I am currently about to start on PartII. I keep banging my head around the simple question - "What good is a controller in the EJB tier?"
For the general architecture I am trying to decide whether to go w/ a framework such as the petstore. (Client tier creates events and ships them to an EJBController SFSB in the ejb tier. Business logic is executed and results are returned). Or with something using struts that uses a Business Delegate that holds N session facades. The session facades then execute the business logic on the server.
So basically EJBController (EJBCommand) vs. BusinessDelegate/SessionFacades.
Pros of EJBCommand:
* client is not affected at all by changes in business tier. If a session facades method signature changes, the client doesn't have to be updated as it only uses the "EJBCommand" or controller interface/stub.
* seperation of labor. Web developers need not know anything about the business tier.
Cons of EJBCommand:
* clumsy exception handling - have to pick apart the generic exceptions and make an application exception out of them
* bit heavyweight when you consider the petstore impl using SFSB - one for each user whose life is the complete user session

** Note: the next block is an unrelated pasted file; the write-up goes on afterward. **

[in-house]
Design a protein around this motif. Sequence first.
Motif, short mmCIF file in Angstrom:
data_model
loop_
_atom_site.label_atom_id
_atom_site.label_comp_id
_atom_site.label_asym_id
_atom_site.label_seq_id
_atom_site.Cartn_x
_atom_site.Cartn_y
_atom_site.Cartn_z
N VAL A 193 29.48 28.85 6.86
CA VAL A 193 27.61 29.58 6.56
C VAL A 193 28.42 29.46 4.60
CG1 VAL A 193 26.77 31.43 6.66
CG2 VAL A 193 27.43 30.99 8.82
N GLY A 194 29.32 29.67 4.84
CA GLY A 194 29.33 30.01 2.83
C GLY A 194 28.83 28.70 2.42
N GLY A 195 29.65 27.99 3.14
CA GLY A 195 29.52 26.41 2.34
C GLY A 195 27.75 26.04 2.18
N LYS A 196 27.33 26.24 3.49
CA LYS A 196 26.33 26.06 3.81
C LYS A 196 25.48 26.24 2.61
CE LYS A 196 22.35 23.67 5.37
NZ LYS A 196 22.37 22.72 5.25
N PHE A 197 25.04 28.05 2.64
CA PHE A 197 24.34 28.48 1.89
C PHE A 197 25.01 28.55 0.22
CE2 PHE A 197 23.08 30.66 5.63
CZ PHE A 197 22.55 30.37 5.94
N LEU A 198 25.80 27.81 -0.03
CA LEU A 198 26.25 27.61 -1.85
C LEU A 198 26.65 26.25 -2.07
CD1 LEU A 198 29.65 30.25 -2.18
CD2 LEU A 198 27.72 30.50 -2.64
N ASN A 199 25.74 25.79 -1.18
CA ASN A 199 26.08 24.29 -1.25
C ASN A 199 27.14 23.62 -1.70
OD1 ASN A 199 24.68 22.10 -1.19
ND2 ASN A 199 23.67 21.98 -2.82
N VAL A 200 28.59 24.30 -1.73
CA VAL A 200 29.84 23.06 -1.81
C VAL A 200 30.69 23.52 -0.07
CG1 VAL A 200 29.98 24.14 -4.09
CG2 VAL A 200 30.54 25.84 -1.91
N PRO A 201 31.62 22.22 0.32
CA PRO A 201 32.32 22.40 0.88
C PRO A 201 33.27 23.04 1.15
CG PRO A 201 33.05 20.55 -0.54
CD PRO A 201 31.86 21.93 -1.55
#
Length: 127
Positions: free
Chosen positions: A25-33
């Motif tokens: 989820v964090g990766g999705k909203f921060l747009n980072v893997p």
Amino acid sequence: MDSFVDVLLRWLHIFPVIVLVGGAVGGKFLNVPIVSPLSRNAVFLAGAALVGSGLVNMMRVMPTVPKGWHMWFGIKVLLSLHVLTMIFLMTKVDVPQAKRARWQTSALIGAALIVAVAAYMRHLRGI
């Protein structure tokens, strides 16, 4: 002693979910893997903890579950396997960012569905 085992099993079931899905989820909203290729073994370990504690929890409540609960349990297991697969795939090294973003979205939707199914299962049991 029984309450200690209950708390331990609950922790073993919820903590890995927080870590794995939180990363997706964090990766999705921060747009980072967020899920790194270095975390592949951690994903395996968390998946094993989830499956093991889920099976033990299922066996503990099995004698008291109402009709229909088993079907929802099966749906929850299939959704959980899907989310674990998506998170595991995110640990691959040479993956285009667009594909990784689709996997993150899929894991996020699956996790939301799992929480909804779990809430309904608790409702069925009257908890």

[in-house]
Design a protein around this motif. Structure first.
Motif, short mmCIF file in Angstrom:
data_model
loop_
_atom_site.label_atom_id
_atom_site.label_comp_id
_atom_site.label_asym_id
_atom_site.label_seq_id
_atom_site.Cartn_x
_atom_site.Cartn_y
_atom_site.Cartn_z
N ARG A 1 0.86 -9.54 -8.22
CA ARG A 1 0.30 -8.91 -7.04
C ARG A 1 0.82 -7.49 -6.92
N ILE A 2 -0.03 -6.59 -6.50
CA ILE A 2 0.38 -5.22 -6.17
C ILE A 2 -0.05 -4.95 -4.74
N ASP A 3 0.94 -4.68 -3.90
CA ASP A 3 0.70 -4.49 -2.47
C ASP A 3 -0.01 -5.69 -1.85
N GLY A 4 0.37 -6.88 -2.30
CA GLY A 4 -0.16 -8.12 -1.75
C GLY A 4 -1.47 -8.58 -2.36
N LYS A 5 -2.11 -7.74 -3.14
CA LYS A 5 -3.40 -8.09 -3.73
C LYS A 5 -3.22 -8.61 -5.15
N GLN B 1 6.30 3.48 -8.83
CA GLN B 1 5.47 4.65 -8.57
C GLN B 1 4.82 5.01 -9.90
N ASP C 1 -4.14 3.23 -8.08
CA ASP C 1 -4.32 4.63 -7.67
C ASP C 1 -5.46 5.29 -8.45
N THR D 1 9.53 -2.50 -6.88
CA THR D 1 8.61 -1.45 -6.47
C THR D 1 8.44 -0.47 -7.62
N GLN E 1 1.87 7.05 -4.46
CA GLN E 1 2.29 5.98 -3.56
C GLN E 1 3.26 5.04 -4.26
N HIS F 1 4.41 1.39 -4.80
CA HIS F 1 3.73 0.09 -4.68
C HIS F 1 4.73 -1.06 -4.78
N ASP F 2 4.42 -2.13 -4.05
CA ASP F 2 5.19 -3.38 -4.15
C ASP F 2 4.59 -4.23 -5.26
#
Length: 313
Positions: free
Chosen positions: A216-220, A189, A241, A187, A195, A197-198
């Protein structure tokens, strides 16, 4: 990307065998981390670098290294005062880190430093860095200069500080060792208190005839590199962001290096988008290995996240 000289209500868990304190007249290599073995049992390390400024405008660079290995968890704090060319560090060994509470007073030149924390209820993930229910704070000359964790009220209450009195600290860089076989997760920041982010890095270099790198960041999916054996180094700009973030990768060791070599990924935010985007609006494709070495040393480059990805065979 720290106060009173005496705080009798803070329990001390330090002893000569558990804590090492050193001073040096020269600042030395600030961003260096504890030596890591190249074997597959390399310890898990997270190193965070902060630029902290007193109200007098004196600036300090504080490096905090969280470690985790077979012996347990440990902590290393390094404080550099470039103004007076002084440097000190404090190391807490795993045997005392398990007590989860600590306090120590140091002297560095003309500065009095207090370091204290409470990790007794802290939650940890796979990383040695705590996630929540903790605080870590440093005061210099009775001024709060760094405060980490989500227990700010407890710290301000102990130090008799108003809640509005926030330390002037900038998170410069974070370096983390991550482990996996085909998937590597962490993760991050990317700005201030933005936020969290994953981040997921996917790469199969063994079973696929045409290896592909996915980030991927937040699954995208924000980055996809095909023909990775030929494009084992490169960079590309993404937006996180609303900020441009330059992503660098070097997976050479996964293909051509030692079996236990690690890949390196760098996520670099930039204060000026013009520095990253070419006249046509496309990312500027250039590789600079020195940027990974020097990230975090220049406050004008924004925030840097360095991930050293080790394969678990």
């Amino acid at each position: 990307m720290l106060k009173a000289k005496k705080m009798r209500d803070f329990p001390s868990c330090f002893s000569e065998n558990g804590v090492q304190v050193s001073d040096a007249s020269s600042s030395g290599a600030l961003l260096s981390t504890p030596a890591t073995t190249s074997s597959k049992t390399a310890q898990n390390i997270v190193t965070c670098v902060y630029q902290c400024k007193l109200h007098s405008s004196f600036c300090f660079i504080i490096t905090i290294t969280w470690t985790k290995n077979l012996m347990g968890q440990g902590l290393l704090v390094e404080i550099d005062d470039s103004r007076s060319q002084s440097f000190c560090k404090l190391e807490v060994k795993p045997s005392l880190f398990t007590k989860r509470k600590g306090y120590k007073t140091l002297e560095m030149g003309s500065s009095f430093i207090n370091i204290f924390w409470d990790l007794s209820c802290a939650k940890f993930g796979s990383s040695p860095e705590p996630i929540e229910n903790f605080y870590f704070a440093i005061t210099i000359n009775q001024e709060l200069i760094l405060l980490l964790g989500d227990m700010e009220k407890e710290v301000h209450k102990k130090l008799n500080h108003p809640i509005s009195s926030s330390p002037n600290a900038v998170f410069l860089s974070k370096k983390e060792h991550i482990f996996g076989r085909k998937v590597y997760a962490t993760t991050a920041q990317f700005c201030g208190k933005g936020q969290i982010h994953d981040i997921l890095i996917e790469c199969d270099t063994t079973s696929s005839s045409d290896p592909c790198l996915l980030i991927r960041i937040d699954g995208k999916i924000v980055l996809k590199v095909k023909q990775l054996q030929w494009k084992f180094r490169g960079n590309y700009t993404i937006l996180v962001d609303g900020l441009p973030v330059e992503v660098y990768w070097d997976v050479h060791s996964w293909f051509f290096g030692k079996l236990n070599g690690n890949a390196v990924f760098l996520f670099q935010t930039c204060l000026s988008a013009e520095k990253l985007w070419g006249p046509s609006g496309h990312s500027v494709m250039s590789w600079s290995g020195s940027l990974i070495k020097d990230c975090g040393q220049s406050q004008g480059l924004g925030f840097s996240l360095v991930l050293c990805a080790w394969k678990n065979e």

* TX settings have to be set to one and only one settting on the EJBCommand SFSB. (WORKAROUND - have N EJBCommand beans - one for each TX setting)
Pros of BizDel/SF
* isolation from the underlying impl
* tight exception handling
Cons of BizDel/SF
* client affected by changes in SF signatures - a bit tighter coupled
I am used to developing software that has only a web tier client. So I keep going back to the question of how other clients come into the equation. For a Swing client, the BizDel/SF could be used identically to the web tier. So if later FBN decided they wanted a different client type, how would one vs. the other architecture affect it?
In a nutshell, "What are the benefits of a controller in the EJB tier" and for those of you SCEAs out there, what path did you choose?